We’ve all been there, that moment where you reach for your wallet to make a purchase and realize it’s…not…there. That was me yesterday at Costco, scrambling around in my giant bag at the checkout before apologizing profusely and returning to my car in a panic. After a few moments spent tearing apart my car (I can’t be the only one who frequently loses things in there?), I resigned myself to the inevitable hassle of calling credit card companies and restricting all my accounts. While the process is a massive inconvenience and my afternoon plans were derailed, there was something else bothering me about the loss of my wallet.
As I sat making a list of all the cards I carry, the ones that weighed the most heavily upon me were my loyalty program cards. The Starbucks gold card I have been carrying since 2010, the Feierabend Stein Club Level Two card (I wrote about here) with only 6 punches left to fill out or the local pet store program where my next bag of better-than-I-feed-myself cat food will be free. It’s silly and maybe irrational, but I can’t be alone.
A few of my precious loyalty cards...
These programs represent important parts of my life as well as a commitment of time to each brand I am loyal to. The barista at the Starbucks across the street from my apartment knows my drink, and knows what I look like when I need an extra shot of espresso in the morning. My gold card represents not only my status as a customer, but my daily interactions with a brand and its employees. My Feierabend Stein Club card represents a weekly lunch with friends, an embarrassing number of beers and a status as a well-known customer at a great bar. My point is that when brands get these loyalty programs right, they really are creating a relationship with a customer that goes beyond the free coffee, or t-shirt. It’s about status and a sense of community that can be created by small brands and large corporations alike.
The gamification industry doesn’t seem to give customers who are engaging in these rewards based loyalty programs much credit. The majority opinion is that customers are being manipulated, given free stuff to distract them, and that this tactic will inevitably fail. I think the industry has it wrong. Customers of retail or ecommerce brands are going to choose a brand that gives back, over a brand that doesn’t. I choose Starbucks over their competitors because I get a free coffee once in a while. I choose Best Buy because I get reward points that lead to gift certificates that I can use on high value items I want. I am not being manipulated in a negative way, I’m getting access to things I want, for choosing brands that I would engage with anyways, I just engage now at a higher volume, with greater loyalty.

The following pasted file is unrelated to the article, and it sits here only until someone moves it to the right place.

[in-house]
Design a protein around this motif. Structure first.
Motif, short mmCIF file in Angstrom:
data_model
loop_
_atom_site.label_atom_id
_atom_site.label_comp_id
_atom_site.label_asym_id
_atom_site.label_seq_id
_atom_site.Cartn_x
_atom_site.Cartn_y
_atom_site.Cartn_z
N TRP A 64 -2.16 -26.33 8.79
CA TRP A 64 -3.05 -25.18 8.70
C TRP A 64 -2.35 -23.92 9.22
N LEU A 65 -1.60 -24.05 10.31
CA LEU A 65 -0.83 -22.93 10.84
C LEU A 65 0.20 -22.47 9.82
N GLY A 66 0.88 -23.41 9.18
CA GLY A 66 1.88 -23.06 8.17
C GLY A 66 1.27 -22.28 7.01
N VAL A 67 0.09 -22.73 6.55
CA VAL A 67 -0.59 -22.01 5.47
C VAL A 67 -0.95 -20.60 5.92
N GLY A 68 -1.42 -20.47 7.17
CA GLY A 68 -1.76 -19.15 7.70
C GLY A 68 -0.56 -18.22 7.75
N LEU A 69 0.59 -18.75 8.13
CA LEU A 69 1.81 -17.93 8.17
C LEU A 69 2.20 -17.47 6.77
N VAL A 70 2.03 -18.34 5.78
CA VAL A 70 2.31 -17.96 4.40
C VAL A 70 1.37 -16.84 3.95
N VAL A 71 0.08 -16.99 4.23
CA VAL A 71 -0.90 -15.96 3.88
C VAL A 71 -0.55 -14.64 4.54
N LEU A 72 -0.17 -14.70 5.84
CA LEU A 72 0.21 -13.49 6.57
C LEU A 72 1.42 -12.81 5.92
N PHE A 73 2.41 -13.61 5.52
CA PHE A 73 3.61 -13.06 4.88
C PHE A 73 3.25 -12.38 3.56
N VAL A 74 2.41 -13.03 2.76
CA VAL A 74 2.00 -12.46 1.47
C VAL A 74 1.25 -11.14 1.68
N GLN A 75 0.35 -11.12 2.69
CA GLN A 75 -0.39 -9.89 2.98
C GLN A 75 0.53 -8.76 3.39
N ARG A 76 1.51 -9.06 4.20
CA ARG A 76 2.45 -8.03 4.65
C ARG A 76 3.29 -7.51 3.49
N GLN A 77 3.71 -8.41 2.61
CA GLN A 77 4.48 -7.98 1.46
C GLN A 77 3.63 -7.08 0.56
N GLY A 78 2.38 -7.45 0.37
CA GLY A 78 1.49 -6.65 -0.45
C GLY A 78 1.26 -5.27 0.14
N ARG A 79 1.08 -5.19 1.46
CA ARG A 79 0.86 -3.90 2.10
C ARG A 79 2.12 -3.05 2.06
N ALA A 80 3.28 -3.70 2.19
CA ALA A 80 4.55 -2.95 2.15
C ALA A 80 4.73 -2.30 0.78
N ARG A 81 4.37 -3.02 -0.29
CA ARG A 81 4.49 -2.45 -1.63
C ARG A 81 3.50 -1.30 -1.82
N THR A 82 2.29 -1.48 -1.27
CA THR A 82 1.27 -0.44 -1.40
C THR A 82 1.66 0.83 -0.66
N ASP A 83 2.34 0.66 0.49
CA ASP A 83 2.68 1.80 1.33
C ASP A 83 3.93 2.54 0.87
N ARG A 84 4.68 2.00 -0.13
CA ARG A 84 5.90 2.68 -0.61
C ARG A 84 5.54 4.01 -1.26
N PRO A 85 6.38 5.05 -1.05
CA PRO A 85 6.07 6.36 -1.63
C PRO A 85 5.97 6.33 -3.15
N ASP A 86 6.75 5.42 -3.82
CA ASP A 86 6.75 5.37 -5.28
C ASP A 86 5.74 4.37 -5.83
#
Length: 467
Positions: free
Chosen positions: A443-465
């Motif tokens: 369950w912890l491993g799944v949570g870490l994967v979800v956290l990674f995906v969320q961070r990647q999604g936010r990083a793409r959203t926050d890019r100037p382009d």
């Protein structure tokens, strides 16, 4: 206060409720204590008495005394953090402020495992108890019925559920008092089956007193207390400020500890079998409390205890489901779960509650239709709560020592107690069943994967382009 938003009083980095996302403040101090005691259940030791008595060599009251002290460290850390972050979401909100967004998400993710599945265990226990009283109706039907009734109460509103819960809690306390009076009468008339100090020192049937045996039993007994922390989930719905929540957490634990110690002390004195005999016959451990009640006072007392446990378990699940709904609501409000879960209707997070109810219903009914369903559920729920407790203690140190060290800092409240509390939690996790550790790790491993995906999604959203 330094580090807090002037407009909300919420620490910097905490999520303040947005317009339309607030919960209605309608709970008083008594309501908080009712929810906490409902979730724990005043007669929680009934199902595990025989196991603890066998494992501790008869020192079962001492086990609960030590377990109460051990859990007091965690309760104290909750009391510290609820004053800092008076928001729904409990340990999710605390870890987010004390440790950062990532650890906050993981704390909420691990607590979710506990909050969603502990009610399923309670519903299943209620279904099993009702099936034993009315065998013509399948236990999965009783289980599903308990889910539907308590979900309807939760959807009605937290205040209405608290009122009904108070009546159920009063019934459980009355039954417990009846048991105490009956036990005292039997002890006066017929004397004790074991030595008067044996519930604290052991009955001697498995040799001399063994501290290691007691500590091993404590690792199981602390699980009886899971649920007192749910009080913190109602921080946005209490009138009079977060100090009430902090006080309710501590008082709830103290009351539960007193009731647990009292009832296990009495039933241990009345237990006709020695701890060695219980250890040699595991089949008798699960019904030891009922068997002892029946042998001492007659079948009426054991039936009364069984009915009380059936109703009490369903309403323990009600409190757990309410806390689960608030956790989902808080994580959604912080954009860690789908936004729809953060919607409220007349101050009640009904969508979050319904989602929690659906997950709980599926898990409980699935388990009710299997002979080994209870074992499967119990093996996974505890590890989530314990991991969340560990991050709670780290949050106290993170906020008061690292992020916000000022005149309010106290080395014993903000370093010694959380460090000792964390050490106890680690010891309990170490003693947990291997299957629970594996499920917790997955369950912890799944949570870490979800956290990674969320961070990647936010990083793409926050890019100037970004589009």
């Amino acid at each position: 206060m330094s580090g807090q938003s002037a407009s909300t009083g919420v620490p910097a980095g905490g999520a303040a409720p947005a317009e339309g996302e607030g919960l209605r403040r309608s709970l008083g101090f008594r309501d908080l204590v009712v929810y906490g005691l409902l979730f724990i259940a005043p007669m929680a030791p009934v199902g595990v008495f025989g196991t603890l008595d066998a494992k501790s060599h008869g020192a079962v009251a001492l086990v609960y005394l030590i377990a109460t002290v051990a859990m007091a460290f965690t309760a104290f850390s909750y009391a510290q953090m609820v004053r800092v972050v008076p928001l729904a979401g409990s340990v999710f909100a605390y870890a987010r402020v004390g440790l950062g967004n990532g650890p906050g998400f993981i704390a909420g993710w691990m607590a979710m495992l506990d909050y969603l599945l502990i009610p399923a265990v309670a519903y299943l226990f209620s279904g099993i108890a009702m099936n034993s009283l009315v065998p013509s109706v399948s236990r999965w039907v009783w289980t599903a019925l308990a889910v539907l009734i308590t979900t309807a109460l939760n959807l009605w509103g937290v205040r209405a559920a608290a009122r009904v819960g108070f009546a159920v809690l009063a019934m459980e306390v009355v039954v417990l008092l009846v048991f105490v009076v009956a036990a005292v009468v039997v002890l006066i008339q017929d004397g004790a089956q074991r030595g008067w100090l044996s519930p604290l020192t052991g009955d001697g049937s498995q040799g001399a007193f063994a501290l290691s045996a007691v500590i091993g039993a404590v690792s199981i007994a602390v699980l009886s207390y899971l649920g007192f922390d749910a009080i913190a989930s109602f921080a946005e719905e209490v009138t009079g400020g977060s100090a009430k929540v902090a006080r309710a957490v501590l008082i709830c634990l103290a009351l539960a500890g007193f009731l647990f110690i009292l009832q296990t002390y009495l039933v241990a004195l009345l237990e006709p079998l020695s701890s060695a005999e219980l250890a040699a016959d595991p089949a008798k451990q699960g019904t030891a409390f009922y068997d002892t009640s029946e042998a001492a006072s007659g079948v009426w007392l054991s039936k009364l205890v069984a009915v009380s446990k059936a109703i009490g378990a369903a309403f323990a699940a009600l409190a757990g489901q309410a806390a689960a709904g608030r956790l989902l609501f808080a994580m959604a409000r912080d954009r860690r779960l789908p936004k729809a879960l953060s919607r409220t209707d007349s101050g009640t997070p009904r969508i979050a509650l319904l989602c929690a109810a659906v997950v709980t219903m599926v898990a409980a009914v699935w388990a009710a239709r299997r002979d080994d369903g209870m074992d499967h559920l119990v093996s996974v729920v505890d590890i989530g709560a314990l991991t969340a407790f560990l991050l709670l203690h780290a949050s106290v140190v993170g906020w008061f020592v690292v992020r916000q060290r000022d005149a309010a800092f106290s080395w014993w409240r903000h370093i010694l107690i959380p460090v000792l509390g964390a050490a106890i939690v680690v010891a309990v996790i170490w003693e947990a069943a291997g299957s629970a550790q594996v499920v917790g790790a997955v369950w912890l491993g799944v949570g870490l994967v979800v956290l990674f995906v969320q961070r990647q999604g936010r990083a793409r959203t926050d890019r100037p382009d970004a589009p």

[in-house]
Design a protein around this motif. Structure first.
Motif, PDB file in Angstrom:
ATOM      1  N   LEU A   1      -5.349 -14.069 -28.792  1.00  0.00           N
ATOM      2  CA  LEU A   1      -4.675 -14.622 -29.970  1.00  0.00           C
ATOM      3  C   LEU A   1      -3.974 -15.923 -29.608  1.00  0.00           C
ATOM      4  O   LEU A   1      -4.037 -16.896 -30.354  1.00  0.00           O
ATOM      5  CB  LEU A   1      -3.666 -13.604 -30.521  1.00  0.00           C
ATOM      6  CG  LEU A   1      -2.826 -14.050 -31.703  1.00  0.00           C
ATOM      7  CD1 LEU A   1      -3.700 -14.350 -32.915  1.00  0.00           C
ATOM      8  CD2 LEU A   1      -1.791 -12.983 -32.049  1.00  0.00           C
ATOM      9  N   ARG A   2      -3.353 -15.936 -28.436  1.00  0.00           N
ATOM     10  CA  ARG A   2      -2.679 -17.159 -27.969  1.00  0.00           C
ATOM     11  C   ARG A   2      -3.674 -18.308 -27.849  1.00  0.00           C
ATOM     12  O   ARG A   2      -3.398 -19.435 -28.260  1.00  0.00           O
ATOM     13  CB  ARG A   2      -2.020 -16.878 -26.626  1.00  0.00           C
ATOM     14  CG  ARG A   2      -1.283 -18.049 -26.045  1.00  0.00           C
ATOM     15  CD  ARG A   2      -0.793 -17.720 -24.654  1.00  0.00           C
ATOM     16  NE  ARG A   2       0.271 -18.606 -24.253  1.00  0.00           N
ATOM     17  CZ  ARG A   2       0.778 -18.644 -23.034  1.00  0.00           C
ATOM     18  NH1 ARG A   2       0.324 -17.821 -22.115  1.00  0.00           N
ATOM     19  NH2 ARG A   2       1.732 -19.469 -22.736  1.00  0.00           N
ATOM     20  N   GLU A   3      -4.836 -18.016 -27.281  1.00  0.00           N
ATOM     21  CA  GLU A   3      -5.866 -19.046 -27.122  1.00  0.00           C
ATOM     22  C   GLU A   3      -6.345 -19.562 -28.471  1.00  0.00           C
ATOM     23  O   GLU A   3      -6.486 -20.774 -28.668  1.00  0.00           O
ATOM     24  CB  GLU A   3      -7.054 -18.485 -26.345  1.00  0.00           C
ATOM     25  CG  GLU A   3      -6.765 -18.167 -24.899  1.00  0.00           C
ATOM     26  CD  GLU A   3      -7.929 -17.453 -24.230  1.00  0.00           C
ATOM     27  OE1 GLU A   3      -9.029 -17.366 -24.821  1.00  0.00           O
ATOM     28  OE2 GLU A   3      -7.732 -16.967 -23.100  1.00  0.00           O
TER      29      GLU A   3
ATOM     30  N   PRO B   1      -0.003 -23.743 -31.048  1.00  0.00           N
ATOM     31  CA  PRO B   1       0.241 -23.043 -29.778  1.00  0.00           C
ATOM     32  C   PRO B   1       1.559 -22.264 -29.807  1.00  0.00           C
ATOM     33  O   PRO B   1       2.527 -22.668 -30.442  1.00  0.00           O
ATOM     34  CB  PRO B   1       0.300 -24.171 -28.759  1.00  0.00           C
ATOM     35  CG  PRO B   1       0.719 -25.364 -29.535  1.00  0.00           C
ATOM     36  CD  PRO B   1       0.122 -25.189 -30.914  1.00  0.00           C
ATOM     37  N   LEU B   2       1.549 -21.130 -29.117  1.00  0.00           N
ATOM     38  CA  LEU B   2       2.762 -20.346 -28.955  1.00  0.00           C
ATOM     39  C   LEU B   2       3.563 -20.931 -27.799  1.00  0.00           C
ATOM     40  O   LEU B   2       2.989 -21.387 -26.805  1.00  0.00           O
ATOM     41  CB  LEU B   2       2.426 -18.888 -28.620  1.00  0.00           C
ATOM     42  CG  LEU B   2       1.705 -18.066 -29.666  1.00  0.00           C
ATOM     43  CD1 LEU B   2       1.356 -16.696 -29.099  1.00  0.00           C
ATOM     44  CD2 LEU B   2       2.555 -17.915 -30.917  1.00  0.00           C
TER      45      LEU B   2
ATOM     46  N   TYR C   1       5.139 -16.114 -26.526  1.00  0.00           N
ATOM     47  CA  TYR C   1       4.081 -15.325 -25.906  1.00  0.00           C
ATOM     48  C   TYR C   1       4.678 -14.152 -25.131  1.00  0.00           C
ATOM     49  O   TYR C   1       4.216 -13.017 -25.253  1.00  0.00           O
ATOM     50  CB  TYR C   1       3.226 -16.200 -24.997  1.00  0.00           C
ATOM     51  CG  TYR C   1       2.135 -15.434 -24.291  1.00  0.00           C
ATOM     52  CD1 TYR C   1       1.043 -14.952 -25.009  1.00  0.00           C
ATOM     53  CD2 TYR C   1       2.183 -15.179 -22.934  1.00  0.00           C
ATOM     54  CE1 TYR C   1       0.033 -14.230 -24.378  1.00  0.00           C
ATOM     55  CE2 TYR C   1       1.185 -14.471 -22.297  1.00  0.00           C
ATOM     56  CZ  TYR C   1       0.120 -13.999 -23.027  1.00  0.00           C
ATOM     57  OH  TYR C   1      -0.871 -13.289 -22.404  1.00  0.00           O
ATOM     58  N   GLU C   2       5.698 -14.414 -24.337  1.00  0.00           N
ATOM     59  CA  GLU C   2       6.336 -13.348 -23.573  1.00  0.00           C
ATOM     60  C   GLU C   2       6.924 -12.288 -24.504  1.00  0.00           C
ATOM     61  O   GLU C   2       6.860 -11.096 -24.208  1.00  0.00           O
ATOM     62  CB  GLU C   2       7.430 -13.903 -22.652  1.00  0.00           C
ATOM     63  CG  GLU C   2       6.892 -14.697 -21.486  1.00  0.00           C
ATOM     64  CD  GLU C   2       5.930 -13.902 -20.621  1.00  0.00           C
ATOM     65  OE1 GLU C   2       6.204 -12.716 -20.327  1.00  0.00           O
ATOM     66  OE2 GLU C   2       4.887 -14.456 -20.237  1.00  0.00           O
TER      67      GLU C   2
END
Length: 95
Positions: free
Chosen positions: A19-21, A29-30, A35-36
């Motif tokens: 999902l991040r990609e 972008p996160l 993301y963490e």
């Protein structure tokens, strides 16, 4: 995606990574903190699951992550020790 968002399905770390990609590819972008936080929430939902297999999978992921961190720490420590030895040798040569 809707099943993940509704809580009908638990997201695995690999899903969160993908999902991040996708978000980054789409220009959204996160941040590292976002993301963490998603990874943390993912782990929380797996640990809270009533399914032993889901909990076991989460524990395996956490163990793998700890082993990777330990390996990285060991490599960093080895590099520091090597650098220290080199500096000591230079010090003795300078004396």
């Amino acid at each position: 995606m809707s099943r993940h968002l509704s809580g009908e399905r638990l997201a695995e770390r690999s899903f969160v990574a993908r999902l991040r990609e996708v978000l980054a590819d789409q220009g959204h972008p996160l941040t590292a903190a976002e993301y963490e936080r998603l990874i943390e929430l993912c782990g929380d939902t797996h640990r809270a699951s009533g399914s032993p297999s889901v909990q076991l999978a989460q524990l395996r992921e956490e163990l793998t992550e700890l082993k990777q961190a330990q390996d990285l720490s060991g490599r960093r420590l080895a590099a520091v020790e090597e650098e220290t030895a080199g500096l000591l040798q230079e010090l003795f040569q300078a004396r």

That isn’t to say that free stuff is the only reason I stick around. As I mentioned above there are plenty of intrinsic reasons I visit these brands regularly as well. But the unfortunate reality retail brands are facing is that the personal value I get from buying an iPod at Best Buy isn’t much different from the value I get buying the same product from their competitor. There are just too many options for customers, and customers want something back.
This might seem heavily focused on traditional loyalty programs, and it is. But as the gamification industry is expanding and changing, gamification companies like BigDoor are tying into these traditional “punch card” programs I love so much and making them more dynamic and engaging especially on the web. Increasingly it is becoming important for brands that get it right in person with their customers, to also make a better impression online. As I spend less time in physical stores and more and more time online the relationship I have with these brands needs to shift online as well and if my loyalty programs and rewards follow me there, that is even better. Apart from online purchases, I can be valuable to these brands in other ways. My reviews on products, my recommendations to friends in my social graph, these are actions that brands value but previously haven’t tracked or rewarded customers for in the past. I’m so excited to see this changing and gamification is playing an important role for big brands who aren’t sure how to accomplish this.
An incredibly sweet person returned my wallet to me late last night and as I checked through it to see what I was missing, I happily noted that the thief had not stolen any of my loyalty cards. I’m still sorting out all my accounts this morning, and my debit card won’t arrive until tomorrow, but I was still able to pay for my morning coffee at Starbucks. When life is temporarily hectic and upside down, access to my morning coffee and routine, is priceless.